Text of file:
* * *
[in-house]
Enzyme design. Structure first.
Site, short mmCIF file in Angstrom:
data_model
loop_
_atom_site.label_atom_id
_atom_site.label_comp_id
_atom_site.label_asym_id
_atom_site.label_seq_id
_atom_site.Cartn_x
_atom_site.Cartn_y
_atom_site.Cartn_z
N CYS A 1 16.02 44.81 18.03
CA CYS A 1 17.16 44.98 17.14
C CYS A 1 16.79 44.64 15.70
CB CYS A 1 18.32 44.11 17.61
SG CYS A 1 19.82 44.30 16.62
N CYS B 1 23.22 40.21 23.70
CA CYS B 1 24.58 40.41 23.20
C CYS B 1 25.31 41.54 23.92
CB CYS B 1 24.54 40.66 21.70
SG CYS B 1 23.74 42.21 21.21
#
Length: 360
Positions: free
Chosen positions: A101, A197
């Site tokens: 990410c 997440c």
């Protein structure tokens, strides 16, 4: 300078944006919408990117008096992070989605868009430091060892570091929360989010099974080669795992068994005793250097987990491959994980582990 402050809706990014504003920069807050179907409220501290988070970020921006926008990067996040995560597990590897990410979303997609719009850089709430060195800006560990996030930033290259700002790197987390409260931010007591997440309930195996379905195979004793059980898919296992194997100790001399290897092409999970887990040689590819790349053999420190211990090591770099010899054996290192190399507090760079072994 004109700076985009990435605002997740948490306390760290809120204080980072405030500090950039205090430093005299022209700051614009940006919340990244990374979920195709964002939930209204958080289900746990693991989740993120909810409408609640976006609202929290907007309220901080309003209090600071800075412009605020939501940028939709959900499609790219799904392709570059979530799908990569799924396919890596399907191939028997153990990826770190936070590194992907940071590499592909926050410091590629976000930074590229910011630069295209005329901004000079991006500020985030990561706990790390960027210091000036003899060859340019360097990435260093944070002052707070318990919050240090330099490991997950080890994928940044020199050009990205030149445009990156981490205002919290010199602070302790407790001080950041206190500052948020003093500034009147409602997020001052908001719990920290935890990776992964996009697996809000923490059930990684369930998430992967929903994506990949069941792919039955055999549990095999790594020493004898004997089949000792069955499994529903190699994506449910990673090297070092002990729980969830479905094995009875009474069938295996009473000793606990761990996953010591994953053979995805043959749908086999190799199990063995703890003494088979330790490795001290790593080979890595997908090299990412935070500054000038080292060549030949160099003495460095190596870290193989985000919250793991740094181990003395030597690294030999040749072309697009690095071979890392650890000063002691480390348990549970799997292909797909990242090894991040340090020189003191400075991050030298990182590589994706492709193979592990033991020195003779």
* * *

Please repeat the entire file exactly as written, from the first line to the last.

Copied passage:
[in-house]
Enzyme design. Structure first.
Site, short mmCIF file in Angstrom:
data_model
loop_
_atom_site.label_atom_id
_atom_site.label_comp_id
_atom_site.label_asym_id
_atom_site.label_seq_id
_atom_site.Cartn_x
_atom_site.Cartn_y
_atom_site.Cartn_z
N CYS A 1 16.02 44.81 18.03
CA CYS A 1 17.16 44.98 17.14
C CYS A 1 16.79 44.64 15.70
CB CYS A 1 18.32 44.11 17.61
SG CYS A 1 19.82 44.30 16.62
N CYS B 1 23.22 40.21 23.70
CA CYS B 1 24.58 40.41 23.20
C CYS B 1 25.31 41.54 23.92
CB CYS B 1 24.54 40.66 21.70
SG CYS B 1 23.74 42.21 21.21
#
Length: 360
Positions: free
Chosen positions: A101, A197
């Site tokens: 990410c 997440c």
């Protein structure tokens, strides 16, 4: 300078944006919408990117008096992070989605868009430091060892570091929360989010099974080669795992068994005793250097987990491959994980582990 402050809706990014504003920069807050179907409220501290988070970020921006926008990067996040995560597990590897990410979303997609719009850089709430060195800006560990996030930033290259700002790197987390409260931010007591997440309930195996379905195979004793059980898919296992194997100790001399290897092409999970887990040689590819790349053999420190211990090591770099010899054996290192190399507090760079072994 004109700076985009990435605002997740948490306390760290809120204080980072405030500090950039205090430093005299022209700051614009940006919340990244990374979920195709964002939930209204958080289900746990693991989740993120909810409408609640976006609202929290907007309220901080309003209090600071800075412009605020939501940028939709959900499609790219799904392709570059979530799908990569799924396919890596399907191939028997153990990826770190936070590194992907940071590499592909926050410091590629976000930074590229910011630069295209005329901004000079991006500020985030990561706990790390960027210091000036003899060859340019360097990435260093944070002052707070318990919050240090330099490991997950080890994928940044020199050009990205030149445009990156981490205002919290010199602070302790407790001080950041206190500052948020003093500034009147409602997020001052908001719990920290935890990776992964996009697996809000923490059930990684369930998430992967929903994506990949069941792919039955055999549990095999790594020493004898004997089949000792069955499994529903190699994506449910990673090297070092002990729980969830479905094995009875009474069938295996009473000793606990761990996953010591994953053979995805043959749908086999190799199990063995703890003494088979330790490795001290790593080979890595997908090299990412935070500054000038080292060549030949160099003495460095190596870290193989985000919250793991740094181990003395030597690294030999040749072309697009690095071979890392650890000063002691480390348990549970799997292909797909990242090894991040340090020189003191400075991050030298990182590589994706492709193979592990033991020195003779």